But the issues would only compound further. On September 14th, nearly 45 days after the first email, a customer sent a Tweet that called out the company for failing to improve the situation. Hyman replied:

I am present and doing all I can. Currently I’m doing customer service instead of playing with my 2 young babies on a Saturday so I appreciate your vocalness to improve things but please understand that we are all working hard and giving 110%

The response was quite surprising, the first among many that would strike the wrong tone for a service loved by many but clearly going through growing pains. There was no reason for Hyman to berate the customer for interrupting her Saturday, especially since the problem is self-inflicted. It also reversed progress from the first email, which had been a step in the right direction.

Around this time the company opened its second warehouse in Texas, which would better serve West Coast customers and alleviate some of the pressure on the New Jersey warehouse. But the problems continued. On September 20th, Hyman emailed customers again about all of the issues, but some reported never receiving the email. It said, in part:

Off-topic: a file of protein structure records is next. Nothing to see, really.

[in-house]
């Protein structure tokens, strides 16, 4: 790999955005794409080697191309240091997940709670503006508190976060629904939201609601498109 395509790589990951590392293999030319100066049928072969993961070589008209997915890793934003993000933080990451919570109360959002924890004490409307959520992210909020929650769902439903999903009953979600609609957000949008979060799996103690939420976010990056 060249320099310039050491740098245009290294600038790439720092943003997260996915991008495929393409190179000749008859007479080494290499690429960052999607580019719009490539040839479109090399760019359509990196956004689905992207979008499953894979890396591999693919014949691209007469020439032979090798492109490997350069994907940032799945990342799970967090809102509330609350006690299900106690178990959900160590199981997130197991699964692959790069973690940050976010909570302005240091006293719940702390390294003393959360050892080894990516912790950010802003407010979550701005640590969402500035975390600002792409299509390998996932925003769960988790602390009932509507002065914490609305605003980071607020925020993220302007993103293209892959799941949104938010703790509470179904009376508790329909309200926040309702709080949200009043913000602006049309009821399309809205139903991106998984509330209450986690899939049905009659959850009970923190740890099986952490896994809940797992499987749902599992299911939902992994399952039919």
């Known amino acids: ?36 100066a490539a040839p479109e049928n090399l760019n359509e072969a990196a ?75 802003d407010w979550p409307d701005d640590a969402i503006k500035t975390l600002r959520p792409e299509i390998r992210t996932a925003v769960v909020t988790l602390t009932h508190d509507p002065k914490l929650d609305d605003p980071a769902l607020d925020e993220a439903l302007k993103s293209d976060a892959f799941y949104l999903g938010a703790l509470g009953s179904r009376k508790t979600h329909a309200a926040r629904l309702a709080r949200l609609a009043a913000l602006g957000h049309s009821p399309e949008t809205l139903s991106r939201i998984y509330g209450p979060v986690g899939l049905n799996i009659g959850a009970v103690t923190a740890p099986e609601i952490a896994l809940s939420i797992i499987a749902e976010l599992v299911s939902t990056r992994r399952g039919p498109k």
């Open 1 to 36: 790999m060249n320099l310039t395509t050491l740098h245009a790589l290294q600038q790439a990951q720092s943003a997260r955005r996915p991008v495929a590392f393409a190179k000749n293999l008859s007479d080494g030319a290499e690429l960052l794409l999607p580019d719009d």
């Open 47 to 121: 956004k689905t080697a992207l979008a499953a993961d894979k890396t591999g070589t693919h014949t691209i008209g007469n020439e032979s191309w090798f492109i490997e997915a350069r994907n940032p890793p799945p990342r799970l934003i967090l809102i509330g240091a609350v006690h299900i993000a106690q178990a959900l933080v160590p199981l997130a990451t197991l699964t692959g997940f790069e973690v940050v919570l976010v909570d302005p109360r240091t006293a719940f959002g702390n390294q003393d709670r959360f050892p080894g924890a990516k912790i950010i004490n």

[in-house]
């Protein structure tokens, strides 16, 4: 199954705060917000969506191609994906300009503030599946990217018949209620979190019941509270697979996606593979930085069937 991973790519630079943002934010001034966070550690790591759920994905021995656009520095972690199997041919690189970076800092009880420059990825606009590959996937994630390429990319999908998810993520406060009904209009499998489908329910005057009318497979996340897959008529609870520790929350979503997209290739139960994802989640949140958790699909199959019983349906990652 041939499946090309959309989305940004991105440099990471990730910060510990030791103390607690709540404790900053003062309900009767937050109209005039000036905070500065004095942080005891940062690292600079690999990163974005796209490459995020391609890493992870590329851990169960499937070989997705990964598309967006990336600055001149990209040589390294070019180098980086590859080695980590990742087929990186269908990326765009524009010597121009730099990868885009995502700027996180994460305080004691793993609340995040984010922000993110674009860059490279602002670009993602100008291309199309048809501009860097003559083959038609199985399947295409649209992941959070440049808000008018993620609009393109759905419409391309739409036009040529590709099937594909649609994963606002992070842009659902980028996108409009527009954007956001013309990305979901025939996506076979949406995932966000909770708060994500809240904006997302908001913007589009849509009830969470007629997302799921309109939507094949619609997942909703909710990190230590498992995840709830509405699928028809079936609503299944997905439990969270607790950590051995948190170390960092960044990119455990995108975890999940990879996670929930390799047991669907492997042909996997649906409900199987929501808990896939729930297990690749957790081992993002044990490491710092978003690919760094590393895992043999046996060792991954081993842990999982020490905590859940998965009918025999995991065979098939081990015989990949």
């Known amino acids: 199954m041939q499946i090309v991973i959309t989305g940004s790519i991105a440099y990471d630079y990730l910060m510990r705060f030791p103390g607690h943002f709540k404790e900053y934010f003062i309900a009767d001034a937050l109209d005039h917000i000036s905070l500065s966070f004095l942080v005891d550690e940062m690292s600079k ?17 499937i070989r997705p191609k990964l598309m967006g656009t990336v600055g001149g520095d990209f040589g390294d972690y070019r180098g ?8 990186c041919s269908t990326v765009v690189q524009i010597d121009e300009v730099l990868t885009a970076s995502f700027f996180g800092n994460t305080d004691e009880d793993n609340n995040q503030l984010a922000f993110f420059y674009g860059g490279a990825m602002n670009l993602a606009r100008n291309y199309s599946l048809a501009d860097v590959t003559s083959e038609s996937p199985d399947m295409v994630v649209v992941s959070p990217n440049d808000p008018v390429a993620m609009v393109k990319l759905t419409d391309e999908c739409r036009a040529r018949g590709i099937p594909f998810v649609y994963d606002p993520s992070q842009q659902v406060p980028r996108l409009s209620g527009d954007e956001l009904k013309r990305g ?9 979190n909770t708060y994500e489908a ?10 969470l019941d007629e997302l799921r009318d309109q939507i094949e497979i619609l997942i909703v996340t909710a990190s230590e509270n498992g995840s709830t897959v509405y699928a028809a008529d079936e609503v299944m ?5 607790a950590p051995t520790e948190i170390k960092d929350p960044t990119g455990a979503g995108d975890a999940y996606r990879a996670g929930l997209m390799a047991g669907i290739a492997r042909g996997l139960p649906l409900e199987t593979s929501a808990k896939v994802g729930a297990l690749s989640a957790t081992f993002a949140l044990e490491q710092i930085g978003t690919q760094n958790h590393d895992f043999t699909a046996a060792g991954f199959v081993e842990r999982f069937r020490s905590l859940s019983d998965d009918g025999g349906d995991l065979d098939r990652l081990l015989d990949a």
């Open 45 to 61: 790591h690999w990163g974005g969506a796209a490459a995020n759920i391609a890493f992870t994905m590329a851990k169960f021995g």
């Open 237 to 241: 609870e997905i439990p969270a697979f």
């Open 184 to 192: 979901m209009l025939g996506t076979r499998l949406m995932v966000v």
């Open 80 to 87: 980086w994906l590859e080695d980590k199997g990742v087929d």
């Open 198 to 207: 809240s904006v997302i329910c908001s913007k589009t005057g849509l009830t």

We are committed to always being transparent and giving you the real play-by-play as we grow our business together. Over the last week and into the next few weeks, we are implementing significant changes to our operation. These changes will greatly improve your experience by increasing the selection you will have from our Unlimited closet. However, in the short-term as we implement these changes, we know some of you are experiencing delays in shipments and therefore longer response times from our customer service team. Please know that the changes we are making will very quickly lead to more availability of the items you want and the consistent quality of customer experience you deserve.

We are working around the clock (myself included!) to implement these operational transformations as quickly as possible. Upgrading systems while still running the business at full speed is complex. We know that we will make some mistakes, so for the next month, if you have time sensitive events, please order a few days earlier than you normally would. We are sorry, and we own this. Everything we are doing today is to improve your Rent the Runway membership for the long-term and you should feel this improvement within the next three weeks.